At basecamps, human waste is concentrated in pit-style latrines or in plastic barrels eg. at Everest basecamp ( Nepal ). You squat and you do your business. Up high on the mountain, you tend to do it as far as safety, smell and hygiene permits from your campsite. Don’t eat the yellow snow! In certain popular areas like Denali National Park in Alaska, USA; climbers have to pack their ( frozen ! ) waste out in plastic bags. Shitting in a ziplock bag must be an interesting exercise. Climbers usually have clothes which allow for dumping without needing to take the whole garment off ( it’s cold!! ). Usually, zippers or flaps can be dropped down and the zipped back up to allow rapid, ahem – …’dumping’. The highest dump I’ve seen is at 8200-metres and in temperatures around -20 degrees C. Well done, Guy!

7) How do I get to climb a big peak like Mount Everest?

Climbing Everest is a process, not an event. For most serious climbers, Everest is just another large peak that requires more altitude experience than others before a realistic attempt can be made. Owing to the fact that you can hire professional guides to get you up has detracted from the ” adventure” experience somewhat to most climbing purists.Since Everest is unique in that it is still the highest peak in the world, you do attract, in addition to the more serious climbers, a certain ‘ punter’ type of climber who couldn’t , on his own, do routefinding on a classic route in the Alps and climb it competently – but wants to have a crack at Everest.

The beauty of climbing is that there aren’t any rules that say you can’t do it this way.

However, you might want to ask what these kind of people are doing on such a serious mountain. Events of 1996, 1998 and 2001 have, to me, confirmed that a large number of these people on the mountain only serve to endanger other teams’ lives or chances of success. An ignorant media often can’t tell between the merits of a well-oiled publicity machine that champions some relatively mediocre climber going to Everest and the quality of some unknown climb executed in good style by some all-round skilled alpinist from the same country. This propagates a shallow public attitude towards altitude ( ” higher is better” ) and demeans sometimes more worthy ( in mountaineering terms ) ascents.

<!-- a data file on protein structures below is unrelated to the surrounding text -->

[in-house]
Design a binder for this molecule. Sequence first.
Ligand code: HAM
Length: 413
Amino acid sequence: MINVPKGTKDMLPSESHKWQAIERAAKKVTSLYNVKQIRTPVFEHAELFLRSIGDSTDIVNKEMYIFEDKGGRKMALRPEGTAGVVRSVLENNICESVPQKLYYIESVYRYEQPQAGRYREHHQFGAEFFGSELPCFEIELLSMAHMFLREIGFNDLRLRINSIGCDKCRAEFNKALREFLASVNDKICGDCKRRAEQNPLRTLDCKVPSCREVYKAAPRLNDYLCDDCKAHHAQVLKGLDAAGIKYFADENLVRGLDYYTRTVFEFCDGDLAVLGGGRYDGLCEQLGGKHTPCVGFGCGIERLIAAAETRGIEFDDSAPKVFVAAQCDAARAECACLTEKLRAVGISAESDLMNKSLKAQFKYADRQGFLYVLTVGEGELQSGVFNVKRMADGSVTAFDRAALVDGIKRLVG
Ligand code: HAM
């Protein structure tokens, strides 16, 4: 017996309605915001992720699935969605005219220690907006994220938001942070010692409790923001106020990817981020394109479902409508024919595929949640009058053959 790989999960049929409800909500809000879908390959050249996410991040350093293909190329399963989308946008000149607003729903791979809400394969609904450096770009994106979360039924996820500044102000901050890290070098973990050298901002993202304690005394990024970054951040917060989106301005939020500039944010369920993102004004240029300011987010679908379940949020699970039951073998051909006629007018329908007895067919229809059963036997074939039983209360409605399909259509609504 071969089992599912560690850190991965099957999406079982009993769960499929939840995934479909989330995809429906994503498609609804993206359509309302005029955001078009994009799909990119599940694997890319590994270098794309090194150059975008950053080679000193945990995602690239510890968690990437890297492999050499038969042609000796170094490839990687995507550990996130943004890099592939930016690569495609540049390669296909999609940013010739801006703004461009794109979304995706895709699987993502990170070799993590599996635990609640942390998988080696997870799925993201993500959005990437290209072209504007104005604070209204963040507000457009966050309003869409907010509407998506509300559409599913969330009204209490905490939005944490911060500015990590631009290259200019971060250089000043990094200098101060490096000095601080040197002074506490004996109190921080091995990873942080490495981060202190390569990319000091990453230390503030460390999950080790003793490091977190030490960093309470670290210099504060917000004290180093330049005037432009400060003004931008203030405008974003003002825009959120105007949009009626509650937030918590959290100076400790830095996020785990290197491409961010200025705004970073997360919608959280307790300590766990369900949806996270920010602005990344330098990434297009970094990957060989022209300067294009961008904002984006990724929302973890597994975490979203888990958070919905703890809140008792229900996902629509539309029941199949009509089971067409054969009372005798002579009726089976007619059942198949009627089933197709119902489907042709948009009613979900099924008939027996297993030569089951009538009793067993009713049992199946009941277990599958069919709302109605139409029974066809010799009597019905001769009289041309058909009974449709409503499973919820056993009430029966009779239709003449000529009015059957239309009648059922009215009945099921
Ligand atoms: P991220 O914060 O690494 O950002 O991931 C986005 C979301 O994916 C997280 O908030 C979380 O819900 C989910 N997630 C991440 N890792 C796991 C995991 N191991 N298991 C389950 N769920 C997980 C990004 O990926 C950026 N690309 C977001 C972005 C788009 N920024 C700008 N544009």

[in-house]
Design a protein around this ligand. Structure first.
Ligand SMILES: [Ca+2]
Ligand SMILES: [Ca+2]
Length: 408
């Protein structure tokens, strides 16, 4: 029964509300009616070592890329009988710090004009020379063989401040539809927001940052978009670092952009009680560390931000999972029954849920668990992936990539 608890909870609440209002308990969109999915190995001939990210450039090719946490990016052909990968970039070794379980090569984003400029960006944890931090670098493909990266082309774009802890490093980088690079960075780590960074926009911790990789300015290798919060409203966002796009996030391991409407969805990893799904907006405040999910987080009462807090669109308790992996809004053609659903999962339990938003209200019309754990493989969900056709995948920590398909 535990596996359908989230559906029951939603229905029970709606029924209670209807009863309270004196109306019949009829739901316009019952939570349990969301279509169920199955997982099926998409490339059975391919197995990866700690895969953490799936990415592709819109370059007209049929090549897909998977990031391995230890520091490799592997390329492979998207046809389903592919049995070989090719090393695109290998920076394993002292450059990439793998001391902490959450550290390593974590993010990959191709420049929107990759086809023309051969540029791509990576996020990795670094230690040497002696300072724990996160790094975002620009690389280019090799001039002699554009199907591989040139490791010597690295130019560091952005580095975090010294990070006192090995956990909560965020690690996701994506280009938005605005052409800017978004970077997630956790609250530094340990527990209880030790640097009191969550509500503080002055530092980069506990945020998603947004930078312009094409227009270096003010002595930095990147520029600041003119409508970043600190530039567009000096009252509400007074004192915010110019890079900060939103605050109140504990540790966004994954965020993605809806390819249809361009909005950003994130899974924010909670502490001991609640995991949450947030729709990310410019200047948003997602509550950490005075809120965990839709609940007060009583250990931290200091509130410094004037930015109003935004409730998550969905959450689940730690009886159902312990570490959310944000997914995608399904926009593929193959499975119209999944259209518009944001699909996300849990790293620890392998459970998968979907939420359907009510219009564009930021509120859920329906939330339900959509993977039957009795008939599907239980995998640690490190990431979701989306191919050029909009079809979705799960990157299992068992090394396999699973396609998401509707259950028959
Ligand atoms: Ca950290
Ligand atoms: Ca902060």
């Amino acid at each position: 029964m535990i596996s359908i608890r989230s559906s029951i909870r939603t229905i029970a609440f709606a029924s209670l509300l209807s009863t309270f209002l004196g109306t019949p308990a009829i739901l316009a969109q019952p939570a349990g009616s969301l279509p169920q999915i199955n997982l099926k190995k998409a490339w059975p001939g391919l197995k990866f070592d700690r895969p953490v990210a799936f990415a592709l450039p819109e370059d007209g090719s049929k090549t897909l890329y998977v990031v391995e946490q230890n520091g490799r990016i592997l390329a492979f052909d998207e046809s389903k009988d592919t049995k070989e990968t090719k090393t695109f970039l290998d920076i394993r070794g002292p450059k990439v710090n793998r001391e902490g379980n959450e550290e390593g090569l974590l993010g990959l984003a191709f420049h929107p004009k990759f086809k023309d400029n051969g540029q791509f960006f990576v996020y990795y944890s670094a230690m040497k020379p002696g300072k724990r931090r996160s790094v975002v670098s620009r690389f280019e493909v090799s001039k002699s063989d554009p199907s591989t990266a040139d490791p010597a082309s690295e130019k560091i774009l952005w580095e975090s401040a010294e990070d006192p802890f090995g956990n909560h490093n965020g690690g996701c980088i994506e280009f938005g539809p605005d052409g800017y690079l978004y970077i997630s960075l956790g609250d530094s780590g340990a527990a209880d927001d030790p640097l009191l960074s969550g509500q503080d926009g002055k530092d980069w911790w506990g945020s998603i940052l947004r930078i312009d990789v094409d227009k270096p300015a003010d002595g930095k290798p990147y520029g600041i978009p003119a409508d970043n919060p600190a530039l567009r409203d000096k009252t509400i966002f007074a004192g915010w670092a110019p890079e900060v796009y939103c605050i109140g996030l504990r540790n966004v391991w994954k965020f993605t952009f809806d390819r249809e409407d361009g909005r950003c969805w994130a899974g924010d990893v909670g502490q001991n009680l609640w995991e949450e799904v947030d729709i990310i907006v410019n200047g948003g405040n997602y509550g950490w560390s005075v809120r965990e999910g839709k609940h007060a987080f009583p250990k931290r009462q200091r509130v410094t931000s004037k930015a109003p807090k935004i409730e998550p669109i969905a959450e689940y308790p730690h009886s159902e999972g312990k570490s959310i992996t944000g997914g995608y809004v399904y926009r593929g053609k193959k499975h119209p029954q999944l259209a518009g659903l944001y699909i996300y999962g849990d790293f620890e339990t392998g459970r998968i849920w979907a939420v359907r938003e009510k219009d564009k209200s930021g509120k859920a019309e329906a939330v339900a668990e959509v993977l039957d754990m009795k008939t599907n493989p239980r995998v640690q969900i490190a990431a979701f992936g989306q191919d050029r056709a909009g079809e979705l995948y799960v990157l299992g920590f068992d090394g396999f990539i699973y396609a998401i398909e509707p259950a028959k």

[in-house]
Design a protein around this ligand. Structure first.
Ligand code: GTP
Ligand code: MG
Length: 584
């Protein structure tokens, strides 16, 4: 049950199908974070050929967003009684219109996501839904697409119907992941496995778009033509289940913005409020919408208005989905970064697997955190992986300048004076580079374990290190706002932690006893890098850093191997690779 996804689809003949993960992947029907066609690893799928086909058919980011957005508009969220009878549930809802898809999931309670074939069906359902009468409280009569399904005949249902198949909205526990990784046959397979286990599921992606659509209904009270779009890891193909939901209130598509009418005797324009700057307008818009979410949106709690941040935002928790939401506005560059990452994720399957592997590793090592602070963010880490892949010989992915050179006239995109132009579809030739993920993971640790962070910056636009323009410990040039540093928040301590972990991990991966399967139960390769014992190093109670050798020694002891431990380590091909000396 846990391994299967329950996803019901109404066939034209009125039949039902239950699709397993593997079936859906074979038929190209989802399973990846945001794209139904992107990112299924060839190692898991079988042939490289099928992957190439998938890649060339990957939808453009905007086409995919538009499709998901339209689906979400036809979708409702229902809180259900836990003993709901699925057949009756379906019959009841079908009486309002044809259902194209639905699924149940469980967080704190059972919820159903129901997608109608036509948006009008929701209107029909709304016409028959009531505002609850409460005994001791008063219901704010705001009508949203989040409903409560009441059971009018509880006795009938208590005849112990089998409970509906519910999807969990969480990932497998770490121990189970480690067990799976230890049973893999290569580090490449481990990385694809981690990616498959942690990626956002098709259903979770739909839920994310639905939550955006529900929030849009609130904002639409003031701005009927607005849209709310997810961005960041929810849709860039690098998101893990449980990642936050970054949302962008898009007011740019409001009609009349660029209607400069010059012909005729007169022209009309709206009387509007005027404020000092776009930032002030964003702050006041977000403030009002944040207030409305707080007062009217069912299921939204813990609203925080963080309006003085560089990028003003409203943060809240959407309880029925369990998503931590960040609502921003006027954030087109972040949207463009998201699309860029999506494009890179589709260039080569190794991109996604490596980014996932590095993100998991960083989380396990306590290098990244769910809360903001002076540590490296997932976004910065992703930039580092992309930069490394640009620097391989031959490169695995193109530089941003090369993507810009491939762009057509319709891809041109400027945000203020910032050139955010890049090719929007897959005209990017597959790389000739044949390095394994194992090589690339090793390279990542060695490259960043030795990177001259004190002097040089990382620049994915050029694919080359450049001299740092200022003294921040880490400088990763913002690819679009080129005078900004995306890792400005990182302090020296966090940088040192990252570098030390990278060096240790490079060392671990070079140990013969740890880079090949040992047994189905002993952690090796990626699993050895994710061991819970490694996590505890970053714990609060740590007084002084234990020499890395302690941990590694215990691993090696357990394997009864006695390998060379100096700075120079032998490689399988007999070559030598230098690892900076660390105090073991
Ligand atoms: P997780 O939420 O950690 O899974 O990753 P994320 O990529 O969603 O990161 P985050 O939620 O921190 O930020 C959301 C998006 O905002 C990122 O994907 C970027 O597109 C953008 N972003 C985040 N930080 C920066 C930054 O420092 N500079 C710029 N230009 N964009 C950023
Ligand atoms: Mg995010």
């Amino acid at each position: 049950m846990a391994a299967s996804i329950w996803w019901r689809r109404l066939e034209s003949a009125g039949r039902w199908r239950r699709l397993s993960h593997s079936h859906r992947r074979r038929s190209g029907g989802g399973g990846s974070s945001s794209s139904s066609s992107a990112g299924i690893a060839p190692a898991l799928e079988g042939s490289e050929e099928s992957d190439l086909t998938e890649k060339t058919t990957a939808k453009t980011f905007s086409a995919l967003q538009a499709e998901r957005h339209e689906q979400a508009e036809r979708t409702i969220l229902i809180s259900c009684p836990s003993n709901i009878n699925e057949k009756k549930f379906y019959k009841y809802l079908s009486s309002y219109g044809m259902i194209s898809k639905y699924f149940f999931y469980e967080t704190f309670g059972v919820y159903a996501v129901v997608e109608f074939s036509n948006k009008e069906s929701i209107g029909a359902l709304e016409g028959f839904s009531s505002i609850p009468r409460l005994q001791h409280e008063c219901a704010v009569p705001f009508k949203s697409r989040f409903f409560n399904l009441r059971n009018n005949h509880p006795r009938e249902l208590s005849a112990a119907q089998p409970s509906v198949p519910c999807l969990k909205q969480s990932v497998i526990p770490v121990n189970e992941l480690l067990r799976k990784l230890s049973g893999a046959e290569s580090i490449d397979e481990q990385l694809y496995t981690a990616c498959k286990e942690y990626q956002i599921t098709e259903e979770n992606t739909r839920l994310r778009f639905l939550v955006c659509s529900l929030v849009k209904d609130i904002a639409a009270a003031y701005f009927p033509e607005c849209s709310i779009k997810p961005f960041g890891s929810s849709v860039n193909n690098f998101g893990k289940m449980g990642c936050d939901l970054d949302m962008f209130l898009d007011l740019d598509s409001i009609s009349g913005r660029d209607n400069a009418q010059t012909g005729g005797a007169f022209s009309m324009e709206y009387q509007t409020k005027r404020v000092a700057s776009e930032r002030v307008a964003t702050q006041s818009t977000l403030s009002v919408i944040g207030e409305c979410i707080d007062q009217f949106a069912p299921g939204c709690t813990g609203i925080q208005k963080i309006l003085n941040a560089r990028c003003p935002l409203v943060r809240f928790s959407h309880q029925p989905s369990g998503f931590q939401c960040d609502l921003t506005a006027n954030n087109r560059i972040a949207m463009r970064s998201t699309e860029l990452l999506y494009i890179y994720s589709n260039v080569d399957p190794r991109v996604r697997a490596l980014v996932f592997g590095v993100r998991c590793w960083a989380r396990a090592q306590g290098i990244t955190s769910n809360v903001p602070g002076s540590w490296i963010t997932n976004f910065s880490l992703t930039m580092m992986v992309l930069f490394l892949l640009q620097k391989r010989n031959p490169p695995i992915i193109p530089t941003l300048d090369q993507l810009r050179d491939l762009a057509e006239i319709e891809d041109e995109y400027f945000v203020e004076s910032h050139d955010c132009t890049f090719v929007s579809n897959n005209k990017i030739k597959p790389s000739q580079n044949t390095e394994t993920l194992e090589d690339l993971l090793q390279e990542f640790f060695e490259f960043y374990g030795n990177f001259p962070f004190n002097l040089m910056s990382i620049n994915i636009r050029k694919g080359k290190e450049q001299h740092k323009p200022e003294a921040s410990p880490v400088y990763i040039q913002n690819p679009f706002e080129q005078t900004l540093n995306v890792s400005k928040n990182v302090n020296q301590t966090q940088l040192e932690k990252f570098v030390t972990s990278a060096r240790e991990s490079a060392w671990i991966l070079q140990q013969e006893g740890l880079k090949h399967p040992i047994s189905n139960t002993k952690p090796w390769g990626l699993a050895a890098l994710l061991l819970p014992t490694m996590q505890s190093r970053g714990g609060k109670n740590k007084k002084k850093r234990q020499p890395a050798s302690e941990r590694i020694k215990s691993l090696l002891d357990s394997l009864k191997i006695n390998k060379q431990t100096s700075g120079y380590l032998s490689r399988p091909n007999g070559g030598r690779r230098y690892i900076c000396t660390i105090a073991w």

However, if you do want to climb Mt Everest and dont have much experience, my $0.10 worth of advice is this:

do log in plenty of rock-climbing experience year-round. Plan on acquiring all-round ice and snow skills plus navigation work on lesser peaks. Professional help can speed up your learning curve. The Cascades, the Euro/ New Zealand Alps are classic training grounds. Then move to bigger peaks and soak in some independent expedition experience ie without sherpas and guides. Some climbers I know have never left the cradle, preferring to climb exclusively with guides. This is a very individual decision. However, I feel that un-guided climbing speeds up maturity and helps independent decision-making. This is especially critical in situations where you might have to find your way back off the peak without the guide.

Overall, I think there is more satisfaction in knowing how you performed on your own skills and judgement. However, success is also important and perhaps overly important to some climbers; so getting a guide stacks the odds of success in one’s favour.